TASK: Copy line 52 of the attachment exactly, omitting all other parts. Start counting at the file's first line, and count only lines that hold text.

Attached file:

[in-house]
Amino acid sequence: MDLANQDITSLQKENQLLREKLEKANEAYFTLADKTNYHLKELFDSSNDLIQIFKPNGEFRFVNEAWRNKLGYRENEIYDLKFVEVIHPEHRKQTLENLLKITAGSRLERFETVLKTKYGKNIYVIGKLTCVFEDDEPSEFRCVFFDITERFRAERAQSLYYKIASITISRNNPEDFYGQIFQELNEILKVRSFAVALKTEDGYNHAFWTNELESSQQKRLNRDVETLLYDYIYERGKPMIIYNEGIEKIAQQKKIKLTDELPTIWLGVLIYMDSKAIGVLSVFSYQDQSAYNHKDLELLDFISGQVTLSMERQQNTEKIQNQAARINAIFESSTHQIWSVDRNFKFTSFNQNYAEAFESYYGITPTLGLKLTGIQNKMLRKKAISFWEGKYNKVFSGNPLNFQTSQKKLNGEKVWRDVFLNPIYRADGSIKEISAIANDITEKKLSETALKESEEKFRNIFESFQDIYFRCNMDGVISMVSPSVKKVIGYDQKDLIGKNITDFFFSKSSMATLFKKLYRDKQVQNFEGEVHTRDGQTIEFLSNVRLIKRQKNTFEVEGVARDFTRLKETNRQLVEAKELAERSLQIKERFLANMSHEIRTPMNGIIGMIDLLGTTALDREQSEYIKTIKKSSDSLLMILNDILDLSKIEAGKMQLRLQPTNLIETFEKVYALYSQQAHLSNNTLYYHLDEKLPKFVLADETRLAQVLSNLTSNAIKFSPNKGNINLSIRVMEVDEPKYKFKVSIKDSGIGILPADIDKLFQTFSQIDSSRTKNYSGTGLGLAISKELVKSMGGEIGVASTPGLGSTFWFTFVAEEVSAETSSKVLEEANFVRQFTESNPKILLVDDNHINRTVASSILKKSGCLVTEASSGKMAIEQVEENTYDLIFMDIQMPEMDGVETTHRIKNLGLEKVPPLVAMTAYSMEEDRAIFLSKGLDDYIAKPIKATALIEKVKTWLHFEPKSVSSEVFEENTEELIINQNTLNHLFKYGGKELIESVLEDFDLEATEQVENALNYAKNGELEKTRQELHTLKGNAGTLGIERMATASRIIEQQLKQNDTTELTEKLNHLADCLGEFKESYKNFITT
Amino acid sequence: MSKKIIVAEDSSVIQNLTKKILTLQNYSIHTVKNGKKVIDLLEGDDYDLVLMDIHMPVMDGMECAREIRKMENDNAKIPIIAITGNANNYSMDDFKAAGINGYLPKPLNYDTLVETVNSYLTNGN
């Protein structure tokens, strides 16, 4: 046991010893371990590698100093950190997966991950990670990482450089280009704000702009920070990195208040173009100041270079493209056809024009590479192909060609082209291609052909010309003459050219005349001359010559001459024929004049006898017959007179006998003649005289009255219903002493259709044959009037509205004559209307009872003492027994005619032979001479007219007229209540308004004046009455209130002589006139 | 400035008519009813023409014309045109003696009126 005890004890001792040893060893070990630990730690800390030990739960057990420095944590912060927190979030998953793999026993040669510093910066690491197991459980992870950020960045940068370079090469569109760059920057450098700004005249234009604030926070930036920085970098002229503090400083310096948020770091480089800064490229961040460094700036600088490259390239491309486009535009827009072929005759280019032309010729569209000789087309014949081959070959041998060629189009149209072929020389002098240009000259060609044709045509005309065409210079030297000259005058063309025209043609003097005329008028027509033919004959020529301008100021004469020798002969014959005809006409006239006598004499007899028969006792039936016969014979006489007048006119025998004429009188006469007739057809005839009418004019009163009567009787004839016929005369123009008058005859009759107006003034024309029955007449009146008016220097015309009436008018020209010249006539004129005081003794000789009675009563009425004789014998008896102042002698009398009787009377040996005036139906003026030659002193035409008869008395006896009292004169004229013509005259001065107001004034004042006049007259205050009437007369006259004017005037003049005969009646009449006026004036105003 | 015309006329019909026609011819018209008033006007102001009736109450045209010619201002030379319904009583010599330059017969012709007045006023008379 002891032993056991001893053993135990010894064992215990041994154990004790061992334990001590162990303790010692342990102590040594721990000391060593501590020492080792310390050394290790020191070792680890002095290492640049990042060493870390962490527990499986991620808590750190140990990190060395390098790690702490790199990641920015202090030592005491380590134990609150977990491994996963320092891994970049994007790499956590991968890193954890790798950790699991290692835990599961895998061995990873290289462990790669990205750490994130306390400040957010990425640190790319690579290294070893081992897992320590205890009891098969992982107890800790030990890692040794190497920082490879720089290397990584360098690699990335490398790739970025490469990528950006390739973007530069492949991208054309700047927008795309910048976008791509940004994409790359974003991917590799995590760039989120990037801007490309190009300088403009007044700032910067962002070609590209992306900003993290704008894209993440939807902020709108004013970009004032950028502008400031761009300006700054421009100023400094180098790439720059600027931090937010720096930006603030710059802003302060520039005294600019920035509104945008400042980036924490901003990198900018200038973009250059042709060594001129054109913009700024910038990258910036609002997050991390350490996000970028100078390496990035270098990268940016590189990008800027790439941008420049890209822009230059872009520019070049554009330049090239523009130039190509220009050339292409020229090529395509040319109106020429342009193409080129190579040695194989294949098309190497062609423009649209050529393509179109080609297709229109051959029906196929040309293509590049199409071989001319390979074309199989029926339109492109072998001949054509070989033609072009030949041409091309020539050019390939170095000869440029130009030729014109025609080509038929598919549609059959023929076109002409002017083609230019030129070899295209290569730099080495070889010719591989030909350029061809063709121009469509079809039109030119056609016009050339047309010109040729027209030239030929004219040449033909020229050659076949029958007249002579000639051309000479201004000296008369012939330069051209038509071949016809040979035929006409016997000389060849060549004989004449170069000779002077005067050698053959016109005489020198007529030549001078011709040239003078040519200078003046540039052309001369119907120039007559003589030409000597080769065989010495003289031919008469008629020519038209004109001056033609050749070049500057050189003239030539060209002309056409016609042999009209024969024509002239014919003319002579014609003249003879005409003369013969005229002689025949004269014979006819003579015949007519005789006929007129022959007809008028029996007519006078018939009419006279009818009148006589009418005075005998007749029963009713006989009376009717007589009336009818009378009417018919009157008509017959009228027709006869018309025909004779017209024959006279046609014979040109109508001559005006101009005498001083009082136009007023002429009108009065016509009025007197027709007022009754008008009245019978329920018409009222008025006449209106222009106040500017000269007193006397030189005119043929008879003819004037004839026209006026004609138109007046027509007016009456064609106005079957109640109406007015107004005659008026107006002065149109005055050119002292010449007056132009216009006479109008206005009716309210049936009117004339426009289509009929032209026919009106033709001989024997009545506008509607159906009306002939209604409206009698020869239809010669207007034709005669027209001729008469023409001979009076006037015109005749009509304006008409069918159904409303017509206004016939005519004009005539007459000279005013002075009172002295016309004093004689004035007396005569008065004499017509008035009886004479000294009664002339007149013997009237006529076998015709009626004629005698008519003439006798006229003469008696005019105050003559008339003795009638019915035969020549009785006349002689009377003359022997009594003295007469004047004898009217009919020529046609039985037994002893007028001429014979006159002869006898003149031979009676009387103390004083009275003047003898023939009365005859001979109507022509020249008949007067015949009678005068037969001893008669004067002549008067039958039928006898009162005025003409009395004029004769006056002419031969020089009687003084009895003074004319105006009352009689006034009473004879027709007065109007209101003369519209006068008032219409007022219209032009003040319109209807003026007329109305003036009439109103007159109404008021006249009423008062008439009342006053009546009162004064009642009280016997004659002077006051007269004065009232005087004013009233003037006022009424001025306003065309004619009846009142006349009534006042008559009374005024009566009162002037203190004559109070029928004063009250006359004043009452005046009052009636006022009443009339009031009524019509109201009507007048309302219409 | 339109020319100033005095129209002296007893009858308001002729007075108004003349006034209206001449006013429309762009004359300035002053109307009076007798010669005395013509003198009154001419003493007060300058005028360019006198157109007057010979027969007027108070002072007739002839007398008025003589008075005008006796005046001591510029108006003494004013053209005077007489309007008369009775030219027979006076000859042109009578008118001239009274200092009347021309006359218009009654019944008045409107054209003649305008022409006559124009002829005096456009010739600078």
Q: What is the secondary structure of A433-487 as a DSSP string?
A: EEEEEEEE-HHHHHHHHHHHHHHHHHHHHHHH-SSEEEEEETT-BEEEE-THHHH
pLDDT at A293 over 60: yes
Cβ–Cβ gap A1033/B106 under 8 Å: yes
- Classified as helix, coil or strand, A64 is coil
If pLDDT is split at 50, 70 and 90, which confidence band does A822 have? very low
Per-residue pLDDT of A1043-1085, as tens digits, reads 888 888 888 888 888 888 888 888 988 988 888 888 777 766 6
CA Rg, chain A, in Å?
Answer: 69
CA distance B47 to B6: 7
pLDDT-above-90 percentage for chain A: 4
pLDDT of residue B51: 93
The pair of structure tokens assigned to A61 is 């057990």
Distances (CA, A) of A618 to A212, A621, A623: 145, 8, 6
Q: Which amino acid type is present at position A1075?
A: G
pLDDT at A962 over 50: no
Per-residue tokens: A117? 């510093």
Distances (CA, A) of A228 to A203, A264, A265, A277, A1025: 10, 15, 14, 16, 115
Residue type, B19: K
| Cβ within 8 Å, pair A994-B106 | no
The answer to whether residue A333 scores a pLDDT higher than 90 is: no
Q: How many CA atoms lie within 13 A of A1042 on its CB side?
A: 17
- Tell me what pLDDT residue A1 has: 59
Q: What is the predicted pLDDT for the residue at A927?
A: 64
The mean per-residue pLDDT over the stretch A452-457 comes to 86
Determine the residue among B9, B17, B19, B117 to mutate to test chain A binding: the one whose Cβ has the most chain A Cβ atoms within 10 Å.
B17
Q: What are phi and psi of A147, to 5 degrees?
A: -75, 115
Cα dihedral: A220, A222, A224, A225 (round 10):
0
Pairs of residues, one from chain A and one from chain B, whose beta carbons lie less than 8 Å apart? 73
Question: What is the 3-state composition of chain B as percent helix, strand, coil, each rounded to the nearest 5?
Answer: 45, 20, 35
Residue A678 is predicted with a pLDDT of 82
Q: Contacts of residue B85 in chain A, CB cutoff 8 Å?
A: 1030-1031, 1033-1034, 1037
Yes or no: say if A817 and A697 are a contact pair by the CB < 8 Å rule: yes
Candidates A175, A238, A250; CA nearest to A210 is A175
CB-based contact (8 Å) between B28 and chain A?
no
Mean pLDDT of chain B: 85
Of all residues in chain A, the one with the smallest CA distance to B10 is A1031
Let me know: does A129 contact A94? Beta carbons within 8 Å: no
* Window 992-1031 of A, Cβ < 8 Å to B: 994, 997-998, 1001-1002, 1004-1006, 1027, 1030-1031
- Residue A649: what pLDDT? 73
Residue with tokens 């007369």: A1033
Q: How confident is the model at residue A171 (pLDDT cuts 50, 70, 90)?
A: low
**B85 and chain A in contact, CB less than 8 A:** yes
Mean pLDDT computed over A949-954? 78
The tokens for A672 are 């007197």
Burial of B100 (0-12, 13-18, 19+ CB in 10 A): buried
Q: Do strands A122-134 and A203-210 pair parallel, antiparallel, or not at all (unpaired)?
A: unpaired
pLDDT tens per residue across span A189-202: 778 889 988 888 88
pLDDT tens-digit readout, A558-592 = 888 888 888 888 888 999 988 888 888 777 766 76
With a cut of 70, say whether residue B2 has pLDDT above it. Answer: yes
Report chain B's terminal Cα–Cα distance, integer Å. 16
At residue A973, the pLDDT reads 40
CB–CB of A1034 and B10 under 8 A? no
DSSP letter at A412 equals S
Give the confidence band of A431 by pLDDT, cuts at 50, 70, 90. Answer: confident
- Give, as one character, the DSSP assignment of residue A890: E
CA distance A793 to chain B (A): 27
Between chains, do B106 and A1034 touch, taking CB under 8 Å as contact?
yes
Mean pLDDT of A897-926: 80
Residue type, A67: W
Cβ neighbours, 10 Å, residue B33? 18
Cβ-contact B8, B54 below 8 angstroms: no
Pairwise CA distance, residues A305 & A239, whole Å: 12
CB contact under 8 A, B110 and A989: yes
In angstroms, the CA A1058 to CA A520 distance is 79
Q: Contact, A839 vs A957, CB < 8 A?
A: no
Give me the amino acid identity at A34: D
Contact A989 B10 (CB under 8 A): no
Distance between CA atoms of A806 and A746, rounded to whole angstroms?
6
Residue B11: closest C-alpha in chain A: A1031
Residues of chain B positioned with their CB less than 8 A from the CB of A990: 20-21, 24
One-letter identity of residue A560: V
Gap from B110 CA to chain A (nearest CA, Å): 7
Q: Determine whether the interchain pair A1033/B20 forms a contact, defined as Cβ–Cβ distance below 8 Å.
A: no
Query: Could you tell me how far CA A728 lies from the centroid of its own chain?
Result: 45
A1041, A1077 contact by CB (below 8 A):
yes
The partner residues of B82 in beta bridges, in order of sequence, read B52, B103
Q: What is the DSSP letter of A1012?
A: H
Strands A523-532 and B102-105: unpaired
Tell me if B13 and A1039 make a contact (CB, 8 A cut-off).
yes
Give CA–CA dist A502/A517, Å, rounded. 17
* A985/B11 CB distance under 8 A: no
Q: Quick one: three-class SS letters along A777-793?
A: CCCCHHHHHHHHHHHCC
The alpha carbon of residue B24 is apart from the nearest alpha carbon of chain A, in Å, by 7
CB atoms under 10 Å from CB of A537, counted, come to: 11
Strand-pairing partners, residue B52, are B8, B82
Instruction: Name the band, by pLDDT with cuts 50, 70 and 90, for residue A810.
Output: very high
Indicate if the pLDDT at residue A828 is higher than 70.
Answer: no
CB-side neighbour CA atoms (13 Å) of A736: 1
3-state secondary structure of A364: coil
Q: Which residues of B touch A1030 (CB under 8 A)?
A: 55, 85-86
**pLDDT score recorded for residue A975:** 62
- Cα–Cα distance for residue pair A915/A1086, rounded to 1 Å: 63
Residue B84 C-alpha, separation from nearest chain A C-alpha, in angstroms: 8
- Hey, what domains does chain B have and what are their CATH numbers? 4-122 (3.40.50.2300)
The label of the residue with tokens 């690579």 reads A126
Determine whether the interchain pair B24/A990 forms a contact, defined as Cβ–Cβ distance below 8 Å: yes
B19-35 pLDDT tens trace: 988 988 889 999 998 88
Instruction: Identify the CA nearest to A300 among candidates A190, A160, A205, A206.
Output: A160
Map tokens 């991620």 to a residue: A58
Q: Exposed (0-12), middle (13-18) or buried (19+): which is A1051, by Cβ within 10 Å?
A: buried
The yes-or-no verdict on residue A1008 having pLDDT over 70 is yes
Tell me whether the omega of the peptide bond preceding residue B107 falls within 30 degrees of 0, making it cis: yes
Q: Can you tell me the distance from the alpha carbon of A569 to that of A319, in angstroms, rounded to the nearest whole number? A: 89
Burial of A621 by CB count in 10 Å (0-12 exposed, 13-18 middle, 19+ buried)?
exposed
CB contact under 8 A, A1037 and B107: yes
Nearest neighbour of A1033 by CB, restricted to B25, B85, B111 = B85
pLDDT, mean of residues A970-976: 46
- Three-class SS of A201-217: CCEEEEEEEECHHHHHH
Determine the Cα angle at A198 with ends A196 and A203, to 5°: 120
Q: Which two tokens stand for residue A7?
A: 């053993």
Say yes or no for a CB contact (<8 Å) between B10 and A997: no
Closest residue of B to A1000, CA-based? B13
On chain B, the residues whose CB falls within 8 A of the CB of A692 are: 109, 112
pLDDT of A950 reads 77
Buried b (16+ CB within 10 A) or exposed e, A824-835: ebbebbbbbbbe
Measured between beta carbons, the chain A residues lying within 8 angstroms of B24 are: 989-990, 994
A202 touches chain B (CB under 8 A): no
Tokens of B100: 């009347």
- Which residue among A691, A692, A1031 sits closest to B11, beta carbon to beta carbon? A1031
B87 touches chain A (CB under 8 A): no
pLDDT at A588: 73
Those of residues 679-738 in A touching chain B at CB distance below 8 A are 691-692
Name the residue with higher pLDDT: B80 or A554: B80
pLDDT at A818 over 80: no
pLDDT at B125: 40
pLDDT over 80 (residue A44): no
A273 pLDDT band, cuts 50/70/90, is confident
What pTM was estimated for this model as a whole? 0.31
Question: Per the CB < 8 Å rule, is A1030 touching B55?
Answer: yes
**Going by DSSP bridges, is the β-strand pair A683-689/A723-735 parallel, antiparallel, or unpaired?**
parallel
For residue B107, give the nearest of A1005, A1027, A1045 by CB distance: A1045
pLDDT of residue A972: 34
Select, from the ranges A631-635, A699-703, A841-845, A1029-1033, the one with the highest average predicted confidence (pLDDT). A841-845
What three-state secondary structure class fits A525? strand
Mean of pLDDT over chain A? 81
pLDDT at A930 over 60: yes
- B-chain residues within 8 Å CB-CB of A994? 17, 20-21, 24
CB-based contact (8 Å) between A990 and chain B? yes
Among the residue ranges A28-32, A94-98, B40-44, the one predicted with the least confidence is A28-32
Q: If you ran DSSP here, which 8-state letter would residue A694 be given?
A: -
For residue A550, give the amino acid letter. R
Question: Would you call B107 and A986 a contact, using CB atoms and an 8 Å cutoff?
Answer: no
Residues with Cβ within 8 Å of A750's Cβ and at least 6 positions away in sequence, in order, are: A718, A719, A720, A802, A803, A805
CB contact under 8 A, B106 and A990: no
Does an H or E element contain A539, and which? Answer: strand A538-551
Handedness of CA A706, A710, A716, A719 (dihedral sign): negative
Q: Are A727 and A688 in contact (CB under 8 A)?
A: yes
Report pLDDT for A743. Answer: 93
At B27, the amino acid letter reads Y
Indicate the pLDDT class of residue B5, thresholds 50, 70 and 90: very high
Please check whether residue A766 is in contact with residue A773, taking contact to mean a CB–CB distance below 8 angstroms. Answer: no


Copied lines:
* Window 992-1031 of A, Cβ < 8 Å to B: 994, 997-998, 1001-1002, 1004-1006, 1027, 1030-1031